Children who are considered to have Special Educational Needs have learning difficulties or disabilities that make it harder for them to learn than most children of the same age.
They might be struggling with:
- reading, writing, number work
- verbal expression
- general comprehension and processing
- relationship with peers and/or adults
- showing appropriate behaviors in specific situations/contexts
In this case, children need special support because they learn in different ways, so some adjustment should take place, such as a specific way of teaching or using special equipment (computer or desk). Adapting curriculum, teaching mode and material to the child’s needs is essential. Children often display behaviors that are interpreted as oppositional defiant when in fact they’re a direct result of a learning disability that prevents them to follow norms or remain on task. But bare in mind that children have different rhythms and develop in a unique way, so if your child is making slower progress and needs extra support it doesn’t mean that he/she has Special Educational Needs.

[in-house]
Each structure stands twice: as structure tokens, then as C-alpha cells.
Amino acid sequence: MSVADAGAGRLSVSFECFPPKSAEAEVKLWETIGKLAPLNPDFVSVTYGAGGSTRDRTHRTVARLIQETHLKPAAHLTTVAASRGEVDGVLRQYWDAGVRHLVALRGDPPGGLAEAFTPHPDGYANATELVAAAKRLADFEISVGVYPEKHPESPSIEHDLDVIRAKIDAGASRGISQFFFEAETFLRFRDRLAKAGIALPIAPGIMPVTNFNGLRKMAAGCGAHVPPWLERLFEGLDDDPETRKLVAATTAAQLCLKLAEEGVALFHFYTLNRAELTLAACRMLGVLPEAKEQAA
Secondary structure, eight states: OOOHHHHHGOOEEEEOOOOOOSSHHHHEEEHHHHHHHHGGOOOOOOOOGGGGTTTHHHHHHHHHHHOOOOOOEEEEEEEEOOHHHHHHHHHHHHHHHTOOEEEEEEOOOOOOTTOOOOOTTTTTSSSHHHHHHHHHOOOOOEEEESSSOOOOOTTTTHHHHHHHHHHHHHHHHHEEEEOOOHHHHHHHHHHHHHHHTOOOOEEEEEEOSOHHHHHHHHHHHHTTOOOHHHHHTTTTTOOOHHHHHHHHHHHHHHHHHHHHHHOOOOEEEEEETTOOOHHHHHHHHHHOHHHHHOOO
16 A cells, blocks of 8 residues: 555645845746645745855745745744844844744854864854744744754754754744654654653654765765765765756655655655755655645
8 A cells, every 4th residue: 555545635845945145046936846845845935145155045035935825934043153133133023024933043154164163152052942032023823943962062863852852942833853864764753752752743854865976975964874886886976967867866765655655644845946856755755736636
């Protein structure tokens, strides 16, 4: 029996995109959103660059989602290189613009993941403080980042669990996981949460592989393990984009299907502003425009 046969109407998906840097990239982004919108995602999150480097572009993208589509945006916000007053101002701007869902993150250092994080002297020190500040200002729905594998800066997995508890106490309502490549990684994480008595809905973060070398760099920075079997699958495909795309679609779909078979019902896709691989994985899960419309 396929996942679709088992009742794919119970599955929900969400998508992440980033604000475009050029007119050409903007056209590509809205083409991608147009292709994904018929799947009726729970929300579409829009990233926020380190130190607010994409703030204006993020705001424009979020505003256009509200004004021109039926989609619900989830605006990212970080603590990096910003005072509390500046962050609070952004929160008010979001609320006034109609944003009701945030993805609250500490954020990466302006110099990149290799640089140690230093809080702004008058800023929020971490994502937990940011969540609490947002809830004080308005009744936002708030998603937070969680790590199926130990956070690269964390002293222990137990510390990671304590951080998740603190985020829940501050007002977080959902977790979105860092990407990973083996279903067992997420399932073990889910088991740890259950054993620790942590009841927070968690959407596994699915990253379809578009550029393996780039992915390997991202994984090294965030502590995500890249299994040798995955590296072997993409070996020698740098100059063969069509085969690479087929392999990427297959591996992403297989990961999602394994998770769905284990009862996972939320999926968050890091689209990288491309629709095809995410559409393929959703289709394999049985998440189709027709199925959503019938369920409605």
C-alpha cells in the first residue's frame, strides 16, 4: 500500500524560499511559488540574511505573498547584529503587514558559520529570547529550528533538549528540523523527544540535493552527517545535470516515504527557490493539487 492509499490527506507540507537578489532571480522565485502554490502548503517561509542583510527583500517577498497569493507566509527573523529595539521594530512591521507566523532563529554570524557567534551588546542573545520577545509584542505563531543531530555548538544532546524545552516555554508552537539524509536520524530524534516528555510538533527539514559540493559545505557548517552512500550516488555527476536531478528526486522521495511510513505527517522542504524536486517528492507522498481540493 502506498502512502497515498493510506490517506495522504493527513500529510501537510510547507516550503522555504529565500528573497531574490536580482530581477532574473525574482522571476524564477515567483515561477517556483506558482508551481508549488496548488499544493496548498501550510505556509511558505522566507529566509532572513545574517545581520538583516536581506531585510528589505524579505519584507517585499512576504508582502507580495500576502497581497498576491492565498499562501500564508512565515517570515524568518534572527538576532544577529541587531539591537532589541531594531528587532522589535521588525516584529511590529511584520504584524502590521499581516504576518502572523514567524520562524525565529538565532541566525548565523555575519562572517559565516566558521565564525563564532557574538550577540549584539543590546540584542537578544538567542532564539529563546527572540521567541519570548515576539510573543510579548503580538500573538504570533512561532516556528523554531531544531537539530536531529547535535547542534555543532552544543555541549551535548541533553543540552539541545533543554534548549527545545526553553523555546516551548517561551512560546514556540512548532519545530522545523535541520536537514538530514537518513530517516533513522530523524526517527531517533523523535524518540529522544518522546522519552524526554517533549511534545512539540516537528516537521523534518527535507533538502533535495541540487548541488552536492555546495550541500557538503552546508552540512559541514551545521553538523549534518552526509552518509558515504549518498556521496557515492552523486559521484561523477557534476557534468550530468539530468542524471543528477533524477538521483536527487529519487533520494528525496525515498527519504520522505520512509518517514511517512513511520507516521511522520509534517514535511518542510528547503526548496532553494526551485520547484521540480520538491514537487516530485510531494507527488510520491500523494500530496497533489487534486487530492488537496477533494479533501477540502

Applied Behavior Analysis, in a nutshell, provides a great tool to understanding and changing behavior. Due to it’s analytic trait we are able to pinpoint a specific behavior, understand what originates it and what are the consequences (ABC model) in order to replace it with a more appropriate behavior. Specific skills are targeted and an individual program is designed. Learning can take place in a playful setting and the main goal is to generalize it so it occurs naturally, in any environment.
PECS is short for Picture Exchange Communication System and, as the name says, it is a communication system that makes use of pictures. The person who has PECS exchanges a sentence strip with another person by using one simple symbol or building full sentences with symbols and in this way can communicate without verbal language. PECS is useful for children who have not developed any language, or who have some but are able to develop it further.